“I can’t believe how good this place looks. Did you do this all today?”
“Yeah. I thought she would like it. I forgot to say thanks, and it seemed a good way to do it.”
He smiled, tilting his head to give her an appreciative glance before the items on the front bench caught his eye.
“Hey! My stuff. I completely forgot.”
“Uh huh,” she said drolly. “We’re going to have to toss the bedroll, but you can probably still use the others.”
She sat, watching in amusement as he inspected the lamp and then the bedroll, shaking his head over the state of them. Shrugging, he sat down beside her and slid his arm around her as she leaned her head on his shoulder. They just sat looking at the pool for a minute, relaxing in the serene atmosphere.
“You know,” he finally said quietly, “When I was watching her sleep off that seizure, I wondered if the virtue had gone out of this place. If maybe she’d left us for good. Pretty unfair that we were cured, but too thoughtless to share. I’d hoped that I could make it up by delivering bottles of this water like it was Elixir and Remedy all in one.”
“Wouldn’t it have been wonderful if it had worked? How many lives could we have saved? But I guess the magic that Aeris worked on it is gone now,” she said regretfully.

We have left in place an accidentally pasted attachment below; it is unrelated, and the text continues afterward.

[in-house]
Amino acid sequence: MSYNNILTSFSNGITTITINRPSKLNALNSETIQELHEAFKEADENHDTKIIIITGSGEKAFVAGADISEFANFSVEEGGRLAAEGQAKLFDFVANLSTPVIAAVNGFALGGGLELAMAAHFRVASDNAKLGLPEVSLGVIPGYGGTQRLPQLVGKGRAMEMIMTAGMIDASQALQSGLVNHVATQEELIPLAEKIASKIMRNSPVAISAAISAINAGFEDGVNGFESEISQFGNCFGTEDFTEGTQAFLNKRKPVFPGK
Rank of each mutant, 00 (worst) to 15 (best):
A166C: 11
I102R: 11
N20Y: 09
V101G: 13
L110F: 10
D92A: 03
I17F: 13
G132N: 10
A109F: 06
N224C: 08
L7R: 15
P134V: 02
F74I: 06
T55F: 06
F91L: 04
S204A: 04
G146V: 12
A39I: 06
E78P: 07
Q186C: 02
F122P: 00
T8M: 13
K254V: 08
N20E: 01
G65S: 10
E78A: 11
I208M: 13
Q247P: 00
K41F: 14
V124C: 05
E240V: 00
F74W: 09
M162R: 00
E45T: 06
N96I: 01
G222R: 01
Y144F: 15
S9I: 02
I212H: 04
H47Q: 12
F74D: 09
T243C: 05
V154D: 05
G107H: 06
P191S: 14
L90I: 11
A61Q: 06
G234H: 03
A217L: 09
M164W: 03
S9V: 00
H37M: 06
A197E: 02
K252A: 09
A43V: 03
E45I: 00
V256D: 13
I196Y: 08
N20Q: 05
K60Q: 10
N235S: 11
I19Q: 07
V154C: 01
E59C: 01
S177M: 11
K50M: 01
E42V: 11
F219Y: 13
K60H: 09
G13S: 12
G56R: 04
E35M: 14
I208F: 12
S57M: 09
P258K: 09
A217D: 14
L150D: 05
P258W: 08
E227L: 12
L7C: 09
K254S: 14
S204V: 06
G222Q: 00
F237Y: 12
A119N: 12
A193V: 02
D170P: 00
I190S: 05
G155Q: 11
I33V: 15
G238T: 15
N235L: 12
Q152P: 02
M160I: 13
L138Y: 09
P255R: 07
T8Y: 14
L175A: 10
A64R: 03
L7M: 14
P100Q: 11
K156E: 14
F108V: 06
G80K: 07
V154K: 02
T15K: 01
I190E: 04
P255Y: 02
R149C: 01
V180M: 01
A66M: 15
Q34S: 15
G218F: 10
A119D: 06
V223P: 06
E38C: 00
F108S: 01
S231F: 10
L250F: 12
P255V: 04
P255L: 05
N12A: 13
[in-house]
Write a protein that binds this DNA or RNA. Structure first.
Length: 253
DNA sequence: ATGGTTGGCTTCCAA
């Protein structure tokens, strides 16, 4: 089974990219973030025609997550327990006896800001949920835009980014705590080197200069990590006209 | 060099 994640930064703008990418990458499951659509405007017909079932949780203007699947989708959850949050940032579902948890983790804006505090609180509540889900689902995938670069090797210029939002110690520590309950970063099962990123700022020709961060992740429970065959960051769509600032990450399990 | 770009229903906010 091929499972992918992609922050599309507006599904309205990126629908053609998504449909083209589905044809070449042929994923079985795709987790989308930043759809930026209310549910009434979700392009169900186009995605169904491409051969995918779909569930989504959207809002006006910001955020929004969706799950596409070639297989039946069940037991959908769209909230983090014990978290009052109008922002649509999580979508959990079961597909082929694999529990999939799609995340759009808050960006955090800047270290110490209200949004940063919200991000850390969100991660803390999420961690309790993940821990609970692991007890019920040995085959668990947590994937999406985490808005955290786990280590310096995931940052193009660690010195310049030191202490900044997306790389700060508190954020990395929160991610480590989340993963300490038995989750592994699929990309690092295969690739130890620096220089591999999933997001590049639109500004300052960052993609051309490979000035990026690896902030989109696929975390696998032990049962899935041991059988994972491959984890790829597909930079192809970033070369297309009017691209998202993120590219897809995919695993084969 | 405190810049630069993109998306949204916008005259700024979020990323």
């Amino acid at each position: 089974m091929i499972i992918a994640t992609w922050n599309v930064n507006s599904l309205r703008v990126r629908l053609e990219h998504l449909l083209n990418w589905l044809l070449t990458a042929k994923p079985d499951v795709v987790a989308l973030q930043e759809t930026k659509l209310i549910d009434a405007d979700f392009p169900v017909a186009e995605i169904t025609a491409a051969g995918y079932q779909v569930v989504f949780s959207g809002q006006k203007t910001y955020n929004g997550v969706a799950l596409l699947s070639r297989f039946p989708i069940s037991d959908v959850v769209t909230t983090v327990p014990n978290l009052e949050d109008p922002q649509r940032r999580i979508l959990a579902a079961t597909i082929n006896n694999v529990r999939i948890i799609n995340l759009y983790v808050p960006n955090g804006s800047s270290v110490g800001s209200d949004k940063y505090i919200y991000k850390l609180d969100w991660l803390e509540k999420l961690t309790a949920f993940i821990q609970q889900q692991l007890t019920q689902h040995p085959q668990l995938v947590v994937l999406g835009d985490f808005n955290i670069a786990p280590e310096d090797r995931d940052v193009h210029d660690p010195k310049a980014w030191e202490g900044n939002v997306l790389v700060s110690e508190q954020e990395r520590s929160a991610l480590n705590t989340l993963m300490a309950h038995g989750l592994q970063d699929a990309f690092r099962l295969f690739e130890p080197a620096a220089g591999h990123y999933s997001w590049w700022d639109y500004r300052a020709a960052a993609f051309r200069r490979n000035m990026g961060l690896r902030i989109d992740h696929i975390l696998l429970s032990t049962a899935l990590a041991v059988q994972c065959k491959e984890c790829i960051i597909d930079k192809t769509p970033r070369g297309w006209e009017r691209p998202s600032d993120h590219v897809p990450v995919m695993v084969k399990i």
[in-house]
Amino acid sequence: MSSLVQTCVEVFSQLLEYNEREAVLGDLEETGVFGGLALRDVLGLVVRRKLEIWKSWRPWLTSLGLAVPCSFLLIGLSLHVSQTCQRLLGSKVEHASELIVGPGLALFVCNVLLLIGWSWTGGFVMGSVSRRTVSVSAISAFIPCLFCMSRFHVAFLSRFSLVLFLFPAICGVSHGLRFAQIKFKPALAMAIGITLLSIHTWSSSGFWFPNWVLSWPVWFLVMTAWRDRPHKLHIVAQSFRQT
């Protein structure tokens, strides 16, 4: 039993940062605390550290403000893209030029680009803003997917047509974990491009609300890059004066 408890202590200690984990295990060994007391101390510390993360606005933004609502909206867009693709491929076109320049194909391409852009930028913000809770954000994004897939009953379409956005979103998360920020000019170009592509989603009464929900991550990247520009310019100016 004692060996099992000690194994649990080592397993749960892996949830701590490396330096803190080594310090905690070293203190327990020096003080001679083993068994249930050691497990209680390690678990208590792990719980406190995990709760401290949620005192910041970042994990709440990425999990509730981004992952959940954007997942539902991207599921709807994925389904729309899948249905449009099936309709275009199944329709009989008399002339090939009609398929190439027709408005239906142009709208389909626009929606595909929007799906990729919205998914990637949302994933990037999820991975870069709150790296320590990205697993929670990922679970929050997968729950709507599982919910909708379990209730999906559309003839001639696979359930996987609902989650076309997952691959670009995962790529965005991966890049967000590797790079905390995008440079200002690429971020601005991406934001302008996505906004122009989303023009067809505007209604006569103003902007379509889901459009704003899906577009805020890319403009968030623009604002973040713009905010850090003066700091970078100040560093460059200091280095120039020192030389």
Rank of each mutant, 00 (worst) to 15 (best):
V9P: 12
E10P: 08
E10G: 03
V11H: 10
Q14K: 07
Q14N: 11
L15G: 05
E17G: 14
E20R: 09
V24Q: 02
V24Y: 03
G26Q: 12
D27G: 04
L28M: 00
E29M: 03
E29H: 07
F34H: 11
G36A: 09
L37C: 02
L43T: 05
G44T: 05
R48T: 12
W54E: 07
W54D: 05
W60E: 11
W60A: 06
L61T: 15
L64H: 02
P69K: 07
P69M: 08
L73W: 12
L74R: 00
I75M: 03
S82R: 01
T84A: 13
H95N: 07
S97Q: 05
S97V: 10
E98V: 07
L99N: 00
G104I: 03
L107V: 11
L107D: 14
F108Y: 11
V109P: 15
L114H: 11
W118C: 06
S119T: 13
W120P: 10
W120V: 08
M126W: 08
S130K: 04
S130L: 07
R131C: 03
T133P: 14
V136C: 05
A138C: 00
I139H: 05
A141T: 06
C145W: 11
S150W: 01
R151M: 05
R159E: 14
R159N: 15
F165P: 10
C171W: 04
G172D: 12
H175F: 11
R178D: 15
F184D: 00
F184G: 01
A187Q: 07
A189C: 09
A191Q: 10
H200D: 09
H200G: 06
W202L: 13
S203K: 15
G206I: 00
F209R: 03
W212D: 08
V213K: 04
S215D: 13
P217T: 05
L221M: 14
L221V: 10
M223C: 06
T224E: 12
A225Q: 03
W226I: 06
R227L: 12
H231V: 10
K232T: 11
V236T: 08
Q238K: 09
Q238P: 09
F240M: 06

“Is it? Look at the flowers. They still don’t bloom anywhere else in Midgar, you know. I just wanted to check.”
She inhaled sharply as she considered that.
His head jerked suddenly then, and he turned towards the door. A moment later, Tifa heard the sound of voices and footsteps.
A man walked in, and then frowned and held back his companion when he saw them sitting there. Judging by his clothing, he was obviously fairly well off. From the tan, it was likely that he came from Costa del Sol. Mideel folk were usually sun-browned as well, but they spent most of their gil on rebuilding, like folks around Midgar did.
“Hello. You’re the heroes of the Jenova War, aren’t you? Cloud Strife and Tifa Lockhart. We heard about this place from some associates in Junon. Is there some sort of fee?”
Their eyes widened in horror.
“Definitely not. And I don’t know if I can call myself a hero. Jenova still plagues our planet- her cells are the reason you’re here now. We haven’t been here since the healings this summer, so we’ve come to check if the water can still heal the Stigma.” Cloud said quietly.